Two news stories that have captured the public’s imagination, and which are interrelated, are the proposed construction of a mosque within sight of Ground Zero and the “burqa ban” which British immigration minister Damien Green has categorically ruled out because it is “un-British,” whatever that phrase implies. Presumably, he means that curtailing the ability to wear anything-even if your choice of apparel is the sartorial equivalent of a burlap sack-goes against some undefined British freedom of choice.
The tradeoff between individual freedoms and collective security-or, as some would argue, comfort-is something that every society has to deal with in its own manner, and achieving a balance is particularly difficult when the competing forces-in both cases, a resurgent, political Islam and a heavily secularized, modern nation-state-are so manifestly different in nature. Those who argue for this mosque’s construction, and against a prohibition on female veiling, argue that we in the West need to protect individual freedoms-including the freedom to worship enshrined in our Constitution-if we are to remain true to our civilizational values, while their opponents assert that we need to stand up to these forces in order to preserve those very values.
Unfortunately, what not many observers have suggested-and what remains strictly taboo in these discussions-is that we reacquaint ourselves with another value that we in Great Britain and the United States once subscribed to. Namely, sensible, limited immigration policies that are crafted with a nation’s self-interest foremost in mind. Whether or not you think Islam’s injunction to proselytize, its cumbersome restrictions on the women’s freedoms, and its demonization of non-Islamic societies are good things, I think most of us would agree that they are not American or, traditionally speaking, British values.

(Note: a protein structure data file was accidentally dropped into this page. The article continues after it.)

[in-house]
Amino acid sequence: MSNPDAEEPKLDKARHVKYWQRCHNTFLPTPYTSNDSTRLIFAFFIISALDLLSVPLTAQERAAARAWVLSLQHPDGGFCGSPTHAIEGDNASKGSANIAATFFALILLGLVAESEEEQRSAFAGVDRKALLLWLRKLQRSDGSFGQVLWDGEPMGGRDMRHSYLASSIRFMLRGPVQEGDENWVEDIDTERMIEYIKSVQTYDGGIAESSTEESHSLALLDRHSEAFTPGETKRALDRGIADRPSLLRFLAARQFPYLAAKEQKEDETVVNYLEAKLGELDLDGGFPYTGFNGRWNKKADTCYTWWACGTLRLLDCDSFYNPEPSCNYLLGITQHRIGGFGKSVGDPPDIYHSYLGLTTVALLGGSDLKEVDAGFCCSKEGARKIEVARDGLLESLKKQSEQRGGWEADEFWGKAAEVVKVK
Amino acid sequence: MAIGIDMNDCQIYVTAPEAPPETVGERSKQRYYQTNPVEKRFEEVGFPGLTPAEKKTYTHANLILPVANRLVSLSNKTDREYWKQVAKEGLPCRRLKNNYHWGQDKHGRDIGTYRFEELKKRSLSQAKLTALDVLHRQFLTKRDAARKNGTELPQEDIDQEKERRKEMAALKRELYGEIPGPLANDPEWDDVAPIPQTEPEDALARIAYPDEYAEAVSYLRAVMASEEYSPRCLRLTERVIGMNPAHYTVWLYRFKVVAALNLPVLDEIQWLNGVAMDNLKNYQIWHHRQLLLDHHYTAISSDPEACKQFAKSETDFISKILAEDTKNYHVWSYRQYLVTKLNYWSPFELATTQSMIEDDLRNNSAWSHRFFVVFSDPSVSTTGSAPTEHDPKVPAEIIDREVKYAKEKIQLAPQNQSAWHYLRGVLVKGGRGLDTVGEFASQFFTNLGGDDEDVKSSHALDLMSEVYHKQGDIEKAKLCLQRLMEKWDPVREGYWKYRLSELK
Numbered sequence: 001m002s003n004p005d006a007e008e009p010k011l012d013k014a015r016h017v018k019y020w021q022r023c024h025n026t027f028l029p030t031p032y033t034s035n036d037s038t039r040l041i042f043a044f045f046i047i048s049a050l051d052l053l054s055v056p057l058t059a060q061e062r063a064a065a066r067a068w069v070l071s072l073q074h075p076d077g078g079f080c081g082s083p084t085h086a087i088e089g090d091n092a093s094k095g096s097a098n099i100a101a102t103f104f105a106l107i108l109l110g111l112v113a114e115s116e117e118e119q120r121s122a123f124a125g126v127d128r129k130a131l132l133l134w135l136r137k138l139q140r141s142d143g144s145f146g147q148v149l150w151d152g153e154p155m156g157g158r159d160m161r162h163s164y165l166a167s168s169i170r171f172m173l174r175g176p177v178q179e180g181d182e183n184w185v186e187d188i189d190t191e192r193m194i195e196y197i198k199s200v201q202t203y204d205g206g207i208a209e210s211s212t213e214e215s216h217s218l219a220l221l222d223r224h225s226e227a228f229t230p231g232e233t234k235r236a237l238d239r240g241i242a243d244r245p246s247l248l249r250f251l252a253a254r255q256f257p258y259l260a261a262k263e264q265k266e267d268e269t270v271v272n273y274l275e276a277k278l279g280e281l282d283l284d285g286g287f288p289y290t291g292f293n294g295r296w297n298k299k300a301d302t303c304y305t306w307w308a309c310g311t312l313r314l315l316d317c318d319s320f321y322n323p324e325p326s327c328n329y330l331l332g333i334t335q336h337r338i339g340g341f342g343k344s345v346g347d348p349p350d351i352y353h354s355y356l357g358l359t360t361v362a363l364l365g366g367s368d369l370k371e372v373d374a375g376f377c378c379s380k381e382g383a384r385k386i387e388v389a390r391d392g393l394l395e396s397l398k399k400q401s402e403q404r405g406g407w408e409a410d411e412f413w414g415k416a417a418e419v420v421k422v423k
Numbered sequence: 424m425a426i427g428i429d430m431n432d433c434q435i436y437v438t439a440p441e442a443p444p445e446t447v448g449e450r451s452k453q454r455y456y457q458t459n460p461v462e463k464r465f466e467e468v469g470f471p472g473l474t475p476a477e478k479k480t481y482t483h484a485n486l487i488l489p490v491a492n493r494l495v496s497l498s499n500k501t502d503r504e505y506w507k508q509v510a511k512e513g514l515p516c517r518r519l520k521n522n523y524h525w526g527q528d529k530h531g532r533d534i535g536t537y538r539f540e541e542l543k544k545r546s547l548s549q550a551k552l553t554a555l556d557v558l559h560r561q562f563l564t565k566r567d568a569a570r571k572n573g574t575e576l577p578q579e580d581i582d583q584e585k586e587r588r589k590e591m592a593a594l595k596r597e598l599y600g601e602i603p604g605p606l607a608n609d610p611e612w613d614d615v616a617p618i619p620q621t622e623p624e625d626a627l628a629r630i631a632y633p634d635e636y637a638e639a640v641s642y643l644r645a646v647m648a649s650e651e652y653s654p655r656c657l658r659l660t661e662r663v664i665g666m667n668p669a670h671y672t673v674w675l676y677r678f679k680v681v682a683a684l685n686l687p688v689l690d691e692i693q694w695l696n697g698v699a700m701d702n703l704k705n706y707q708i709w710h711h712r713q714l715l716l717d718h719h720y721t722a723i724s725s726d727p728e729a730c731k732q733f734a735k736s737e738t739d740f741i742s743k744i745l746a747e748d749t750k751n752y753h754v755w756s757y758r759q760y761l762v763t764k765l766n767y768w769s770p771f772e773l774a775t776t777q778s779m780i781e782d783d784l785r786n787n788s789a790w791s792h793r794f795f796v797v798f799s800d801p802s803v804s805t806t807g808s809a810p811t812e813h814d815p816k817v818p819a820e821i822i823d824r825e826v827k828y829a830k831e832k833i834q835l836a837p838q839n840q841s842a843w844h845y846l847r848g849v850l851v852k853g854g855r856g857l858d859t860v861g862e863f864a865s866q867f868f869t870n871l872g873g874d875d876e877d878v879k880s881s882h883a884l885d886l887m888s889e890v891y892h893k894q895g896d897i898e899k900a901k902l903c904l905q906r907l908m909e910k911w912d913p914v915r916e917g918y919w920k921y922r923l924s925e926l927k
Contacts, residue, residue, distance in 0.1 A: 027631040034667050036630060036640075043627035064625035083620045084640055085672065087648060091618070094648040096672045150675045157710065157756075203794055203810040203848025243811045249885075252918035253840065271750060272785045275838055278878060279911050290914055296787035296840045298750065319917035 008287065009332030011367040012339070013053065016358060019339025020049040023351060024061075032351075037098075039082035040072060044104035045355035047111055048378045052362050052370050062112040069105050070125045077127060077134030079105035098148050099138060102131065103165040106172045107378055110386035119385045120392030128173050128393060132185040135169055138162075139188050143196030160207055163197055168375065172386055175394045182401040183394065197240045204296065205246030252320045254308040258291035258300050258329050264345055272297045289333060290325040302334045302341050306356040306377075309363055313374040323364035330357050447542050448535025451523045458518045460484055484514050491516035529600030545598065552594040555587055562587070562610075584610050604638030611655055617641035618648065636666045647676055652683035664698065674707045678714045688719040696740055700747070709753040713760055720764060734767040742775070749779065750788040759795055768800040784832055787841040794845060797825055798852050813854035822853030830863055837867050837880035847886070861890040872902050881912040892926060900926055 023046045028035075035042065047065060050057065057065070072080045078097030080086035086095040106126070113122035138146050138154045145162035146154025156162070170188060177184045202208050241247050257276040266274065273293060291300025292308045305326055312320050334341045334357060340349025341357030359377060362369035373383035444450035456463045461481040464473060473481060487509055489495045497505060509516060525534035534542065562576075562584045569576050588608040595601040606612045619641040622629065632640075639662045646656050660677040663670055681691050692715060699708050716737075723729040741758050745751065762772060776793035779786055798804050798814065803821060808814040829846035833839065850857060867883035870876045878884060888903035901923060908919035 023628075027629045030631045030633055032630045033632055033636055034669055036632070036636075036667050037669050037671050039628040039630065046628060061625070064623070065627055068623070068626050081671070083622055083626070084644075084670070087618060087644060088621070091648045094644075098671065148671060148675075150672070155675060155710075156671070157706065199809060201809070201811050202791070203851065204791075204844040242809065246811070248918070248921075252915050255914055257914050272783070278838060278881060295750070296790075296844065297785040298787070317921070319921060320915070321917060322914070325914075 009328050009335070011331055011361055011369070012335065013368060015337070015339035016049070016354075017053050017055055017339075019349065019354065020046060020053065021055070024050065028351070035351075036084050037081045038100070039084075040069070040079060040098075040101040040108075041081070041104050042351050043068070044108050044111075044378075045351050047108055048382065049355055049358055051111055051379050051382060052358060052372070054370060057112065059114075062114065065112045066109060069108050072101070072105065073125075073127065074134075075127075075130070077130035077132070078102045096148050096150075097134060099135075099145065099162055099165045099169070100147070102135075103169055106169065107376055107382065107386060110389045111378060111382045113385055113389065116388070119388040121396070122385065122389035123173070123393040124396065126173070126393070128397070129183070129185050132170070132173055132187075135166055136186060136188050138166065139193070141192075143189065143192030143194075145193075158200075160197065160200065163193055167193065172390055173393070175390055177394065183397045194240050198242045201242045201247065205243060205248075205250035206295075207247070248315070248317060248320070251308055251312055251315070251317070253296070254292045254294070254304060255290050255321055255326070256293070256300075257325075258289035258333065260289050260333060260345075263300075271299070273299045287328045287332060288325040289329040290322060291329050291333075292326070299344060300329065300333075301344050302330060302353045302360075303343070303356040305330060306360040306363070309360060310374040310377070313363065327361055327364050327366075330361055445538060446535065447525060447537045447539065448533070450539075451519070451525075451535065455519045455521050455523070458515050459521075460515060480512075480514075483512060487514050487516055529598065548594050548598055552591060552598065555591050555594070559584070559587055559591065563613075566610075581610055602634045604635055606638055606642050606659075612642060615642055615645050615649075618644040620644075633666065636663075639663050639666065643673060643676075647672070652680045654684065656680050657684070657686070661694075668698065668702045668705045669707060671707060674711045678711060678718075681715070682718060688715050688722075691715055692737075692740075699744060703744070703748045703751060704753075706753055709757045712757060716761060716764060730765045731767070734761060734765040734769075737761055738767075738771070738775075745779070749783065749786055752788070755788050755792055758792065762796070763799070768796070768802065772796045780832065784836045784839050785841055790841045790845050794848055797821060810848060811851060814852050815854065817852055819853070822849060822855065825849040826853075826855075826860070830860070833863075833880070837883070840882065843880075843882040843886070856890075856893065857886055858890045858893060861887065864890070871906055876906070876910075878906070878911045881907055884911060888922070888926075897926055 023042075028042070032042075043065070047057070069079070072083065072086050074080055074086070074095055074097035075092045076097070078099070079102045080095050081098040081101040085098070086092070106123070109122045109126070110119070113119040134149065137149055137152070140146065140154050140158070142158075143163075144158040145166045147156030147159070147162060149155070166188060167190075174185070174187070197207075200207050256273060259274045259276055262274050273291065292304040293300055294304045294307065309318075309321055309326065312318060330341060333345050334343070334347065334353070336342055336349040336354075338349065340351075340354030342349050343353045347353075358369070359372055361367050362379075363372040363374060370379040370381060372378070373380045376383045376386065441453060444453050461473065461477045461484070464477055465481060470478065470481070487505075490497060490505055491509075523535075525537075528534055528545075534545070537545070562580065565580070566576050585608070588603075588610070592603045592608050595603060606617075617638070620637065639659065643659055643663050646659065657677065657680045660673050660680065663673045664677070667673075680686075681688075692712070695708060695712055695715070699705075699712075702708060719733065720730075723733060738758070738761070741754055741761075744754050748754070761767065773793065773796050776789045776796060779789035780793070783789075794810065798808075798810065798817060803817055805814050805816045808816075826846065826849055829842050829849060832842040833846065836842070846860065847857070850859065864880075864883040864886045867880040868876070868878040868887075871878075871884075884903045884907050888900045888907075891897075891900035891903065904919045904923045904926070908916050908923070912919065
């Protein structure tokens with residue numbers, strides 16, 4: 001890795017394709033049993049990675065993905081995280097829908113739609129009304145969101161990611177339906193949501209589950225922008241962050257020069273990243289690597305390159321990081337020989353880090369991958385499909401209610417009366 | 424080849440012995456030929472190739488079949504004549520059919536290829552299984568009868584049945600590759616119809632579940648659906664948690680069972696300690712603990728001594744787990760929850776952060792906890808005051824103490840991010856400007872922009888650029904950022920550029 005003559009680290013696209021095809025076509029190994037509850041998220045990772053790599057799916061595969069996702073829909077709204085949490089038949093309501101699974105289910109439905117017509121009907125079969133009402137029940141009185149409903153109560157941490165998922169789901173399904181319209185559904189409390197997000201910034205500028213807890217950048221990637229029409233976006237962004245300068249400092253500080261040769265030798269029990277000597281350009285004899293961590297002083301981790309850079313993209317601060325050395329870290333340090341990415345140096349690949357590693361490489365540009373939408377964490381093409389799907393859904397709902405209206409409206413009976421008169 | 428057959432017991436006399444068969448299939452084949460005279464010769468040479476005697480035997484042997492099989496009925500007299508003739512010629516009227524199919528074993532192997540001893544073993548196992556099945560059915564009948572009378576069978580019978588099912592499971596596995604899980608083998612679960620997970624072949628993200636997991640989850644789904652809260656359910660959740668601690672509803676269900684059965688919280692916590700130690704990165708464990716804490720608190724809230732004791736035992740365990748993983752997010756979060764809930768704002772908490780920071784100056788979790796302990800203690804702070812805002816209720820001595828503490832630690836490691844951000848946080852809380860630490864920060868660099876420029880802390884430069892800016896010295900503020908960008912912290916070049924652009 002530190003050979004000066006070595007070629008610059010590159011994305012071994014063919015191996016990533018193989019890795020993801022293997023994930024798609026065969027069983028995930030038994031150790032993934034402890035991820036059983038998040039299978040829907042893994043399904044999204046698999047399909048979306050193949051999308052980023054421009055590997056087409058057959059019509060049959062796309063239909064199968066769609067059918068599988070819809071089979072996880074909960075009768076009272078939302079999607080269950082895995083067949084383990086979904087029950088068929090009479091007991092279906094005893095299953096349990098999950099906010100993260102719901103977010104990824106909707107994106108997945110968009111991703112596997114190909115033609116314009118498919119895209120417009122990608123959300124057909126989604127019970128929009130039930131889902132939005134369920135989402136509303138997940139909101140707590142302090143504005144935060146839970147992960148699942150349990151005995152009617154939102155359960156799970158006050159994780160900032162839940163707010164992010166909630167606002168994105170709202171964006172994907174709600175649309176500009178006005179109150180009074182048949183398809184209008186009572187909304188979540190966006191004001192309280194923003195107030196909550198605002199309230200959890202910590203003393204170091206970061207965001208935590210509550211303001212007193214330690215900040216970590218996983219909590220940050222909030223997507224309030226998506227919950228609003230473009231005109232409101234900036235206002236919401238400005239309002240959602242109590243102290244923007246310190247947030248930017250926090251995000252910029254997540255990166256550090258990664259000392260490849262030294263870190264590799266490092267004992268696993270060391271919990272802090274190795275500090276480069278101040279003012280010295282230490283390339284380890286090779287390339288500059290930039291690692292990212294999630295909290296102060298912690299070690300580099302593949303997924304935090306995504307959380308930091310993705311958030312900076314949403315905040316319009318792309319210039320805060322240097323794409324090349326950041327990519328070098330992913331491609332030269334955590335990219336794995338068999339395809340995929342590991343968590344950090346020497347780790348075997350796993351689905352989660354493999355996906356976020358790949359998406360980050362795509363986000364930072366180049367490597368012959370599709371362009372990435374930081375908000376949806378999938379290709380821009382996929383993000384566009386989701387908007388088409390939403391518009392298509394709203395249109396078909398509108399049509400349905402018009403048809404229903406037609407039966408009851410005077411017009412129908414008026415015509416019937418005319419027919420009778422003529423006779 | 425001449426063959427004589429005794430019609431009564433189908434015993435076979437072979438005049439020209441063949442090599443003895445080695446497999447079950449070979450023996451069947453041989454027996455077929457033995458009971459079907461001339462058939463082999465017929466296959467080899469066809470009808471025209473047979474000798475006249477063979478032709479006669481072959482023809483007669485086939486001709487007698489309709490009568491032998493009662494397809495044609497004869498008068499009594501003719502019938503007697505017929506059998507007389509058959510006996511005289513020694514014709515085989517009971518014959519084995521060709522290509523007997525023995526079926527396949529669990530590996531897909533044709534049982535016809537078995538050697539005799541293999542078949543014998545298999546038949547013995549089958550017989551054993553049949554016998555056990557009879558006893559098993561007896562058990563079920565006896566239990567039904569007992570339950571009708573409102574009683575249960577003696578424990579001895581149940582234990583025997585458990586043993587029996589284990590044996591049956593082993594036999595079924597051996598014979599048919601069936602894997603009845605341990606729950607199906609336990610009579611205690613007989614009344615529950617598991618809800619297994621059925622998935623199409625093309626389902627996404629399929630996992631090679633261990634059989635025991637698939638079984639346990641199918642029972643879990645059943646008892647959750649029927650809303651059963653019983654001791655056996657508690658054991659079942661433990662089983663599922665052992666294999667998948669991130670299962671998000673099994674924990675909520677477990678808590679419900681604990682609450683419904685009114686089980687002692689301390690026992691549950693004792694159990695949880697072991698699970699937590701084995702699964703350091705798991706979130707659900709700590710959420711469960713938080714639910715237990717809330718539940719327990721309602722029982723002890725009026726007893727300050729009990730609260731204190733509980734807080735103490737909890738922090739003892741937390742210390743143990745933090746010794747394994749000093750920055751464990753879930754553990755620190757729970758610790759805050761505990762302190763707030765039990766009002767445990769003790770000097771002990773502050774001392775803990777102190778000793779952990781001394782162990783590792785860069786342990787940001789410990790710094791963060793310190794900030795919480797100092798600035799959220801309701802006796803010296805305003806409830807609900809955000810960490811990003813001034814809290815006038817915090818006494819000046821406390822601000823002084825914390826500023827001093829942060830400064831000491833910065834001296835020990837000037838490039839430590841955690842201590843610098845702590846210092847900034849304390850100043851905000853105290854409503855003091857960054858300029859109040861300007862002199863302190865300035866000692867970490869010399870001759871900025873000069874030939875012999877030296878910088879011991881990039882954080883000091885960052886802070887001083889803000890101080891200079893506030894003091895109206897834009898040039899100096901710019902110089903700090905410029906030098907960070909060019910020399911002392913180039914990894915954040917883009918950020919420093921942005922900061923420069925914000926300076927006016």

The United States cherishes those natural rights that we were endowed with from birth, including the right to worship freely and to dispose of your property in such manner as we see fit. Therefore, it would be hypocritical of us to abridge those freedoms for some people, i.e. Muslims. On the other hand, there comes a point where the exploitation of these freedoms-not by those who are Americans by birth, but those who were invited here as guests-begins to encroach upon the freedoms of others. And here, I’m not speaking of the freedom to build a mosque, or to wear a patently absurd, all-encompassing shroud over your body-both are obviously protected behaviors-but those cases where the exercise of religion impinges upon our freedom. For example, our right not to be deafened by the screeching call to prayer of a muezzin that uses a loudspeaker many times louder than legally authorized. Or the right of a business owner to fire an insubordinate Muslim employee who won’t handle pork products. Or, for that matter, the right of patients utilizing the National Health Service in Britain not to die from a bacterial infection as a result of encounters with Muslim physicians who refuse to wash their hands before surgery.
These are all real, tangible examples of the conflict between immigrants and the society into which they don’t want to assimilate, but which they want to exploit culturally, financially, and politically. However, they wouldn’t be problems-or at least, not our problems-if we had a reasonable immigration policy that examined such vast ideological differences before accepting hundreds of thousands of refugees and immigrants each and every year who-while perhaps making some valuable contributions to their adoptive lands-do not contribute to maintaining the social fabric, or ensuring the protection of generally accepted customs, norms, and in the case of the United States, constitutional freedoms.